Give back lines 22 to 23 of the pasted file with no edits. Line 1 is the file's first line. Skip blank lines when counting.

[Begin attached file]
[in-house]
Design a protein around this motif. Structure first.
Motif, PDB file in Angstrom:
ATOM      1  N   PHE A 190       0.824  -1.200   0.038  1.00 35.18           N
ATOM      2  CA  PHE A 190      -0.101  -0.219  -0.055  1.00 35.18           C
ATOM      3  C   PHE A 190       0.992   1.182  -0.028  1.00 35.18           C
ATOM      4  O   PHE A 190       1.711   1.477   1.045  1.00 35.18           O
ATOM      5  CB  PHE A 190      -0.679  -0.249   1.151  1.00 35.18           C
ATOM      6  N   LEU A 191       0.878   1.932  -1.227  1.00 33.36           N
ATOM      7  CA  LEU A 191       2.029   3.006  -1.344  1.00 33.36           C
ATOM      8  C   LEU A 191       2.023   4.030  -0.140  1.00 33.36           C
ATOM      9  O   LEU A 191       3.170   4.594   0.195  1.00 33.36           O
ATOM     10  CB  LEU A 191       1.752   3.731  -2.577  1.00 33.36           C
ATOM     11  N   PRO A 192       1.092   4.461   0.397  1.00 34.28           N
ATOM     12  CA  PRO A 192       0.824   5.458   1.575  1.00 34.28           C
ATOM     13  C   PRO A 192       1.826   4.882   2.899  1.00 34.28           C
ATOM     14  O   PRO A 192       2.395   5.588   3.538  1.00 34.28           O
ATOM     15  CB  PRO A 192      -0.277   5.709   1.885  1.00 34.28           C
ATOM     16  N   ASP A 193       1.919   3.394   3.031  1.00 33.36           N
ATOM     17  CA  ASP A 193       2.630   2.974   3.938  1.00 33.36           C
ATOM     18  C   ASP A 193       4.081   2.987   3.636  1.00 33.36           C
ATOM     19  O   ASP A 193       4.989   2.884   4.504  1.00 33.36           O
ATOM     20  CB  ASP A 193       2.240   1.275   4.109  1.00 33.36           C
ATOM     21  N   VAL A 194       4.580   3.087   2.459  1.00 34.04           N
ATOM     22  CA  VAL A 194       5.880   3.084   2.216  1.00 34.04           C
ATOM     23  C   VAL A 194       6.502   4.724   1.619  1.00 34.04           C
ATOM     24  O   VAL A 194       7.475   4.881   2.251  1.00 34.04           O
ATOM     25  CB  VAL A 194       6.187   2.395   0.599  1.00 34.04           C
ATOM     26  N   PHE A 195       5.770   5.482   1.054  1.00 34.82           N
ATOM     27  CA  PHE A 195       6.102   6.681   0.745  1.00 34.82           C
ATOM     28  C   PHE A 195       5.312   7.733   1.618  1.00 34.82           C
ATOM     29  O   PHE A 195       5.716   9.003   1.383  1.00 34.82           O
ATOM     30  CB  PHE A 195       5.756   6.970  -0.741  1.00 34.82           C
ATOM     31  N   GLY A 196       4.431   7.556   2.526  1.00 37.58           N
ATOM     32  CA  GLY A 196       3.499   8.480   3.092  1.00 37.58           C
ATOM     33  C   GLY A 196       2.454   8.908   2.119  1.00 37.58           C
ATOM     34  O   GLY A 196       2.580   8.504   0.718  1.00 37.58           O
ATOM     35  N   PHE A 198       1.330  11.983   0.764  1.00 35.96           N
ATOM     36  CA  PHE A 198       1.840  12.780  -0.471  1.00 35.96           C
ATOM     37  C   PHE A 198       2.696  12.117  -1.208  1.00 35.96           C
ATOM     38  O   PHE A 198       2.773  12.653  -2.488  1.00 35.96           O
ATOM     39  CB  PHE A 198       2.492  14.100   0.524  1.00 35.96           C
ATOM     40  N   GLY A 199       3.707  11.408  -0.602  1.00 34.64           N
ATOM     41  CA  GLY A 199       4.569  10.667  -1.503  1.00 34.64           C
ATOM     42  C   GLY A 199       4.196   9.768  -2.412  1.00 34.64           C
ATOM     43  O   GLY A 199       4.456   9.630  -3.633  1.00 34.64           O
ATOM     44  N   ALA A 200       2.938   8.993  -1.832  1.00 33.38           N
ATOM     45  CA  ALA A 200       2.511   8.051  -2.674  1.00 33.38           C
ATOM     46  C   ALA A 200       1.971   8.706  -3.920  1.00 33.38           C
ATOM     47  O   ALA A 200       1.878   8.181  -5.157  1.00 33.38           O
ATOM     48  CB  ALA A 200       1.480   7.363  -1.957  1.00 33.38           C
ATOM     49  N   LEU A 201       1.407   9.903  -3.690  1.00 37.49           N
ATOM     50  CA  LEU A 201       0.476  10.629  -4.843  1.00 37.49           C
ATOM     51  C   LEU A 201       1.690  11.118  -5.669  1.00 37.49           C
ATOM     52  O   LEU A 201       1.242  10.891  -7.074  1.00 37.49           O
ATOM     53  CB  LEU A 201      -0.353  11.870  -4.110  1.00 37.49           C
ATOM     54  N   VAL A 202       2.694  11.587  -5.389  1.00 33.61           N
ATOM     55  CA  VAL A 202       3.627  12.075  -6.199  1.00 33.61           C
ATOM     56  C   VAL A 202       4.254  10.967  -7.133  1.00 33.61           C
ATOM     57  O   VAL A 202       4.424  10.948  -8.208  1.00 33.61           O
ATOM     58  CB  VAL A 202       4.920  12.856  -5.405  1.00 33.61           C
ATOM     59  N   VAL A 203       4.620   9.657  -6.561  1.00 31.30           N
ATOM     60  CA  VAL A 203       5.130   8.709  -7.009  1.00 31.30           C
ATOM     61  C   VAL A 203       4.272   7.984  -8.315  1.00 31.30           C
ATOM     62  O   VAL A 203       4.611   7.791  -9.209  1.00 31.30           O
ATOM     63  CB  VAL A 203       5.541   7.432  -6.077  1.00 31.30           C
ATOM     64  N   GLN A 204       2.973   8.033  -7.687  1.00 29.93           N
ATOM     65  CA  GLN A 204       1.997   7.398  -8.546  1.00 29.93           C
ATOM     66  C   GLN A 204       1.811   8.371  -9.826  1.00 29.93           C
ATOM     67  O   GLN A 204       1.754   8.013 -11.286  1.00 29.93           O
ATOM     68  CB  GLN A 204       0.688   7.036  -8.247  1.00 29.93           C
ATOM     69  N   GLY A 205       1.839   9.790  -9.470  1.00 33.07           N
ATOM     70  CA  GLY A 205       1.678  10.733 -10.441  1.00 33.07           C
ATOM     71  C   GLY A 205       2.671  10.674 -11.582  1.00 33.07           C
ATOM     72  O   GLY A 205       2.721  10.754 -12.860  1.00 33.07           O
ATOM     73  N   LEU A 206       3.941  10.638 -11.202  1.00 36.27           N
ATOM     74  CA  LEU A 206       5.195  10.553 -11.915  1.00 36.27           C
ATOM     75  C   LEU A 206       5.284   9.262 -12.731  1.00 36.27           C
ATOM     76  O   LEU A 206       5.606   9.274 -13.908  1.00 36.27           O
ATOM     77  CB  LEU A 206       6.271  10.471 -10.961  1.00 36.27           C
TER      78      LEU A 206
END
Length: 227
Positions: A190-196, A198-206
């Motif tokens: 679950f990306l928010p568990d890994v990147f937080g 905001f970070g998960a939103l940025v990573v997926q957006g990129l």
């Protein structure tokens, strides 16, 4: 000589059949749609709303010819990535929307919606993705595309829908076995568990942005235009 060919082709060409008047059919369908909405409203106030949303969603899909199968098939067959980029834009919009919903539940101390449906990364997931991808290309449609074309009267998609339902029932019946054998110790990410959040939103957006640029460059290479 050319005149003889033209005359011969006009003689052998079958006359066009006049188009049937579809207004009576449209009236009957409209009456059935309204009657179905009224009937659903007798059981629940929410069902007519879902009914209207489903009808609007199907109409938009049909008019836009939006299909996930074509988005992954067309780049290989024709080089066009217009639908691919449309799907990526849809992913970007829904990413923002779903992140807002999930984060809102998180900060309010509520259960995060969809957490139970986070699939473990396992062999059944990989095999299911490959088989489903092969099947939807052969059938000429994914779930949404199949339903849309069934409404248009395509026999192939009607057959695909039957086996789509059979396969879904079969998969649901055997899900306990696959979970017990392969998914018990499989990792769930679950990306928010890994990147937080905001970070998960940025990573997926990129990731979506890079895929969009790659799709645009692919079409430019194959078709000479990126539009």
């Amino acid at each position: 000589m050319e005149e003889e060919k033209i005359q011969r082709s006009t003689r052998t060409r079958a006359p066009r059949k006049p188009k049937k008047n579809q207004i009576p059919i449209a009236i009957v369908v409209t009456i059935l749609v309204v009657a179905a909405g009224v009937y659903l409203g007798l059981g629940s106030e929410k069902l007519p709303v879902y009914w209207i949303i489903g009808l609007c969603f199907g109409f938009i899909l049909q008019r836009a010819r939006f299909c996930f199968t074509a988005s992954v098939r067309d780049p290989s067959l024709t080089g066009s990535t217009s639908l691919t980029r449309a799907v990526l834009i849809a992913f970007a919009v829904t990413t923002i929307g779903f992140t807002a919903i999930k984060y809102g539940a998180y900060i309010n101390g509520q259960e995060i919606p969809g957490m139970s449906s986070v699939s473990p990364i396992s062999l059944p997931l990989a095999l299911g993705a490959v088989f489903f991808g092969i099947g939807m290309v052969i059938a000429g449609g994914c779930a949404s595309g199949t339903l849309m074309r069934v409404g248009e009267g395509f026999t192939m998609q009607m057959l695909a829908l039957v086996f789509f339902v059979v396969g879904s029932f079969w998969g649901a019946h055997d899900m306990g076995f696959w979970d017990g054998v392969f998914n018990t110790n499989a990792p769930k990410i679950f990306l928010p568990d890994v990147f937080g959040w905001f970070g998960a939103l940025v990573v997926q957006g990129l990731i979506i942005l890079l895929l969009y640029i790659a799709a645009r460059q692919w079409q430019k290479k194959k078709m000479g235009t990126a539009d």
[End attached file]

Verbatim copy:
ATOM     19  O   ASP A 193       4.989   2.884   4.504  1.00 33.36           O
ATOM     20  CB  ASP A 193       2.240   1.275   4.109  1.00 33.36           C